Wednesday, April 30, 2008

Dreaming of Kings with Ruskin

I recently had the opportunity to make a pilgrimage to Brantwood, the home of John Ruskin on Lake Coniston. It was a very moving experience, and as a keepsake, I bought a copy of the Everyman's Library edition of his autobiography, Praeterita. It opens with a fabulous meditation on just the sort of Toryism I've hinted at here (a conservativism never dreamed of by the nouveau riche neocons, and a Toryism that was socialist). Enjoy these snippets:
I am, and my father was before me, a violent Tory of the old school; --Walter Scott's school, that is to say, and Homer's. I name these two out of the numberless great Tory writers, because they were my own two masters. [...] From my own chosen masters, then, Scott and Homer, I learned the Toryism which my best after-thought has only served to confirm. That is to say, a most sincere love of kings, and dislike of everybody who attempted to disobey them.

He then goes on to note the distance between the kings dreamed of by Scott, and what passes for kingship today (i.e., in his own day--how much more [or rather, less] today). Then this gem:

It was probably much happier to live in a small house, and have Warwick Castle to be astonished at, than to live in Warwick Castle and having nothing to be astonished at; but, at all events, it would not make Brunswick Square in the least more pleasantly habitable, to pull Warwick Castle down. And at this day, though I have kind invitations enough to visit America, I could not, even for a couple of months, live in a country so miserable as to possess no castles.

He then confesses to dreams of restoration and resurrection:

As I grew wiser, the desire for sweet pippins instead of bitter ones, and Living Kings instead of dead ones, appeared to me rational as well as romantic; and gradually it has become the main purpose of my life to grow pippins, and its chief hope, to see Kings... which he appends this note:

The St. George's Company [a guild founded by Ruskin] was founded for the promotion of agricultural instead of town life: and my only hope of prosperity for England, or any other country, in whatever life they lead, is in their discovering and obeying men capable of Kinghood.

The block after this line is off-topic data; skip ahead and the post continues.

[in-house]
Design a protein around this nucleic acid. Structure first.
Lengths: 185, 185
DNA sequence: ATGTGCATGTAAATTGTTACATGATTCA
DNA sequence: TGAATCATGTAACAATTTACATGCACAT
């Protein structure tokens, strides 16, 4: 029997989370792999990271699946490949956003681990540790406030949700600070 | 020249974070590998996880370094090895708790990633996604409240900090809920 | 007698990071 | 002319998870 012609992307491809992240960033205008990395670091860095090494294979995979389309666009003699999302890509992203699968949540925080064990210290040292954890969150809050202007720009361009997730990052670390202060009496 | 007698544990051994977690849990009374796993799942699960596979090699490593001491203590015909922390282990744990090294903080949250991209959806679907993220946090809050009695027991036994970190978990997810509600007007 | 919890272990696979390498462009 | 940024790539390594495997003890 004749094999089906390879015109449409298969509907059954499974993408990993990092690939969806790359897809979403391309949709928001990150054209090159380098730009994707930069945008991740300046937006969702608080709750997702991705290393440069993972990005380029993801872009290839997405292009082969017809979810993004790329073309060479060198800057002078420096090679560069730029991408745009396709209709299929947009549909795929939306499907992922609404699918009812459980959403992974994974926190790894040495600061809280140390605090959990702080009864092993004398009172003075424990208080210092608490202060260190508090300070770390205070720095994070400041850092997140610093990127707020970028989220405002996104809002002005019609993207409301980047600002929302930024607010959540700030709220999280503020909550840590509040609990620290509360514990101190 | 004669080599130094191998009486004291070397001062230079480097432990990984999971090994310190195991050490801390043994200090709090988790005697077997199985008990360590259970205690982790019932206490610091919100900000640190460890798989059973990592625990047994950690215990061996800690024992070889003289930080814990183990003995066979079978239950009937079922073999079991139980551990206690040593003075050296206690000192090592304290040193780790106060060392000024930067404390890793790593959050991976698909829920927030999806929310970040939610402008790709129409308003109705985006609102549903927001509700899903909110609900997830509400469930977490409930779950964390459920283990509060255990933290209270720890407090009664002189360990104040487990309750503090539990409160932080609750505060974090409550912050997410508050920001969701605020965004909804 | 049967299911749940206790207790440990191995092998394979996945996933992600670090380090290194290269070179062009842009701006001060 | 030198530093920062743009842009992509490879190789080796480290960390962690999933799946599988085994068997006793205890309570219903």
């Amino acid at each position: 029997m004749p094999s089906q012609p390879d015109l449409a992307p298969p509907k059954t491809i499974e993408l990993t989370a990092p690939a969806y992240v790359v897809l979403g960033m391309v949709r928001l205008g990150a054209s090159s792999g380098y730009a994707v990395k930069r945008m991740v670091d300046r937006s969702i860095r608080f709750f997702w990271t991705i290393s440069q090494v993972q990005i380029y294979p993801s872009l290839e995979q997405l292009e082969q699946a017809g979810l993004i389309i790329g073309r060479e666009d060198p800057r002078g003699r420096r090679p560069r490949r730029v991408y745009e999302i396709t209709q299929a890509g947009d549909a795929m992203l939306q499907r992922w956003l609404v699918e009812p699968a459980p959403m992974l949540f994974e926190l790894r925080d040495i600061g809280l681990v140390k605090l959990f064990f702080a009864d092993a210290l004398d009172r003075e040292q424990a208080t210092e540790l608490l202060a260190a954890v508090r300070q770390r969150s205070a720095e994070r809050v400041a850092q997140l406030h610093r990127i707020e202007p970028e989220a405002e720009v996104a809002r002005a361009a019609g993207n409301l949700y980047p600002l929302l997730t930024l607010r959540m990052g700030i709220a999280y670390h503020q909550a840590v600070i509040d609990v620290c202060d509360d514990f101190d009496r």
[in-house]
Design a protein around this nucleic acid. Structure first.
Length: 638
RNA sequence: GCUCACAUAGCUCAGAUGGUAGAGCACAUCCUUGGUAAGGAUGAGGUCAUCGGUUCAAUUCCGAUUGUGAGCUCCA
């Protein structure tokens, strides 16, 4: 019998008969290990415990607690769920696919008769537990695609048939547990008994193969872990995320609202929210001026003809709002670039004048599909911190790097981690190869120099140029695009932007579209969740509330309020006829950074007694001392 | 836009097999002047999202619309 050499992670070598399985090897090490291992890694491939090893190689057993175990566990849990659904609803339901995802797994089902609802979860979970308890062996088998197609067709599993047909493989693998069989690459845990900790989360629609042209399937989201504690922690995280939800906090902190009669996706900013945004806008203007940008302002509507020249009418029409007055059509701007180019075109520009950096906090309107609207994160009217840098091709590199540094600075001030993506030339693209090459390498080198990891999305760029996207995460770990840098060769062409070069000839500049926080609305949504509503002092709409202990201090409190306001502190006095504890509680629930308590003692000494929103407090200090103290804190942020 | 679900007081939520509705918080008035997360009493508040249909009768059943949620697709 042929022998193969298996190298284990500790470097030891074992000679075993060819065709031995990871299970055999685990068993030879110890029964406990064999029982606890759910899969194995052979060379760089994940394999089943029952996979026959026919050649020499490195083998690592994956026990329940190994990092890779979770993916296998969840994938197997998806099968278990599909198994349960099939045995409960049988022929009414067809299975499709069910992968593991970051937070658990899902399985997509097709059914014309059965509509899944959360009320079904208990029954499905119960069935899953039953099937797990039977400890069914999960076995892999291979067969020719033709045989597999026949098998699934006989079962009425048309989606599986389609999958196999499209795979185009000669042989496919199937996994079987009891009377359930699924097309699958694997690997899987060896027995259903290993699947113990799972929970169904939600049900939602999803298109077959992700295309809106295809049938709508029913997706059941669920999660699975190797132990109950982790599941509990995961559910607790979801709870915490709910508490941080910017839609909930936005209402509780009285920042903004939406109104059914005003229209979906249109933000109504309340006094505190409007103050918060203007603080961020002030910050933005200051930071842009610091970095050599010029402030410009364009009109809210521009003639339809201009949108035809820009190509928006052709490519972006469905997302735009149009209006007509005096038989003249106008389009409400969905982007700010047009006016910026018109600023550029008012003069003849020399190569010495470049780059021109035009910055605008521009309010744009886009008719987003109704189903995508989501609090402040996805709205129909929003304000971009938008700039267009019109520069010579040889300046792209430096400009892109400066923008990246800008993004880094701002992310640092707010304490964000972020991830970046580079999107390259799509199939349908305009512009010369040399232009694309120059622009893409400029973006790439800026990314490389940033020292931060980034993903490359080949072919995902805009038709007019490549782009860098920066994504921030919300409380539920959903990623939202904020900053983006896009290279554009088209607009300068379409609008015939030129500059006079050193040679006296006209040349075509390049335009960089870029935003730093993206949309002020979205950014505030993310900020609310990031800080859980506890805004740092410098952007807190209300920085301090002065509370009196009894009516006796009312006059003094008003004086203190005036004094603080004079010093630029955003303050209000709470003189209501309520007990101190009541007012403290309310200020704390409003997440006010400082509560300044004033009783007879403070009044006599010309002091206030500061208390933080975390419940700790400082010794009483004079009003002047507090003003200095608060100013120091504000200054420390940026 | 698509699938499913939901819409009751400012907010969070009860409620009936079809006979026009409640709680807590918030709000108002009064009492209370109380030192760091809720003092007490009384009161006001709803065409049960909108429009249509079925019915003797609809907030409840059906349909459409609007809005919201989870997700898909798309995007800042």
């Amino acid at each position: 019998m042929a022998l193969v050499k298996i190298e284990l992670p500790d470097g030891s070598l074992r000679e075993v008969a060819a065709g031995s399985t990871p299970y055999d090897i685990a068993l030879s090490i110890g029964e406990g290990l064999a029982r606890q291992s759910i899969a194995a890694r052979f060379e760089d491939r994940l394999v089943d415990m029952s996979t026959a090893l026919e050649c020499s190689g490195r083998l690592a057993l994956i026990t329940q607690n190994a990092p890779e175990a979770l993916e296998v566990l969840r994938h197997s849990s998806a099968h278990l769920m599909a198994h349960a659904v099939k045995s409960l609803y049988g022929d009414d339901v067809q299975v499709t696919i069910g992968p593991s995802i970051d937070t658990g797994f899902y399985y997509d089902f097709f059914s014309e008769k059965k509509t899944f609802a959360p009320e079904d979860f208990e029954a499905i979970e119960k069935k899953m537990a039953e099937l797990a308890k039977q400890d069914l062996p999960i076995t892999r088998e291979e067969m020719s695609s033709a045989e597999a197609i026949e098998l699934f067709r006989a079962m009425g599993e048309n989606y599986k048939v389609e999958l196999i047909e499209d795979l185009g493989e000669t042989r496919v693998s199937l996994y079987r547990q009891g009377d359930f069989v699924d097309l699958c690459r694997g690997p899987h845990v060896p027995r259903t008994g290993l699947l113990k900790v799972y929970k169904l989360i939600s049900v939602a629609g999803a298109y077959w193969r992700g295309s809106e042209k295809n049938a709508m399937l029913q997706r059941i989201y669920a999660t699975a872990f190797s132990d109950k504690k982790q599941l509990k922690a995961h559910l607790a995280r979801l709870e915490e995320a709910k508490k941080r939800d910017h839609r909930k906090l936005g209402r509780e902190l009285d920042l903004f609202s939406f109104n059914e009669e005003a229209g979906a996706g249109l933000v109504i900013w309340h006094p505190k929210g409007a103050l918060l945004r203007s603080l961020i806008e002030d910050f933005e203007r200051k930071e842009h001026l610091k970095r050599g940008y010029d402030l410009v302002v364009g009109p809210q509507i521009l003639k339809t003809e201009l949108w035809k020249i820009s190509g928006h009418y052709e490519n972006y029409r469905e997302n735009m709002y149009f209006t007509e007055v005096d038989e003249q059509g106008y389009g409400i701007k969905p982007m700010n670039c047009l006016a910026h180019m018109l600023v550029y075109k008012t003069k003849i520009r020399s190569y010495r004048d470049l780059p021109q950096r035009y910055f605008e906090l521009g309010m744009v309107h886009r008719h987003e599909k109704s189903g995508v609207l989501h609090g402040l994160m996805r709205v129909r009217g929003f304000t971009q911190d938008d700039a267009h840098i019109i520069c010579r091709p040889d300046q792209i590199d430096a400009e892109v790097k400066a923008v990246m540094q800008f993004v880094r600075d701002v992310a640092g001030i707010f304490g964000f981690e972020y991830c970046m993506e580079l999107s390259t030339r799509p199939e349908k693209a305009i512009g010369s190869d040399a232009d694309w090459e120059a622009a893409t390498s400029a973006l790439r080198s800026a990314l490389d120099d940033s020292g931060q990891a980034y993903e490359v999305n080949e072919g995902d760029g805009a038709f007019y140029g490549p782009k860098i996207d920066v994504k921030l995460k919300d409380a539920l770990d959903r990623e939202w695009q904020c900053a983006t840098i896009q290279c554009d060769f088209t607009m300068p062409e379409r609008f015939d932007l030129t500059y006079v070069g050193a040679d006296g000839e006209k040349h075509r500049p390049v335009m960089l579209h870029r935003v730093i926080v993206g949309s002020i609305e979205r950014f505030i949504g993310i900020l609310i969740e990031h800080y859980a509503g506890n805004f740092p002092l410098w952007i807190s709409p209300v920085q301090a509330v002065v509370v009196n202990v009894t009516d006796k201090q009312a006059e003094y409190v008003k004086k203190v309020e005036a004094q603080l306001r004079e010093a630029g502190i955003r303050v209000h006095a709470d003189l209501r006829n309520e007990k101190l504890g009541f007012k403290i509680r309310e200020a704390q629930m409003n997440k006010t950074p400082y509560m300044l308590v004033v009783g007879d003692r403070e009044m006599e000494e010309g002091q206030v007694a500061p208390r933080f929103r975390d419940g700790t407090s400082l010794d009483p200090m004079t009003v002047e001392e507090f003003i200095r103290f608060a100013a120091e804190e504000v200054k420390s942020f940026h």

Tuesday, April 22, 2008

Medievalism Makes the New York Times

I once again find myself easily singing along with David Brooks in today's column in which he extols folks like C.S. Lewis and John Ruskin. In the face of the de-humanization of industrialization and its dis-enchantment of the world, they rejected chronological snobbery and looked back to the medieval imagination for hints of an antidote. As globalization and political cynicism continue to disenchant the world even further, Brooks remarks:

Writers like C. S. Lewis and John Ruskin seized on medieval culture as an antidote to industrialism — to mass manufacturing, secularization and urbanization. Without turning into an Arthurian cultist, it’s nice to look up from the latest YouTube campaign moment and imagine a sky populated with creatures, symbols and tales.

In fact, I make a similar case in my introduction to a new book, After Modernity? Secularity, Globalization, and the Re-enchantment of the World--though I draw on Tolkien's re-enchantment of the world that borders on a sort of paganism (which any robust theology of creation will flirt with). As Zizek once commented, only a Christian like Tolkien could have created such a wonderfully pagan world.

Thursday, April 17, 2008

Night Visions from The Guardian

I'm worried that it's a tad voyeuristic, but I just love photographic features like The Guardian's series on "Writer's Rooms." And this past weekend they published a similar piece called "Night Visions" that provided a peek at some famous folks nighstands and bedside tables. Of course, one never knows how artificial these snapshots are, but intriguing nonetheless.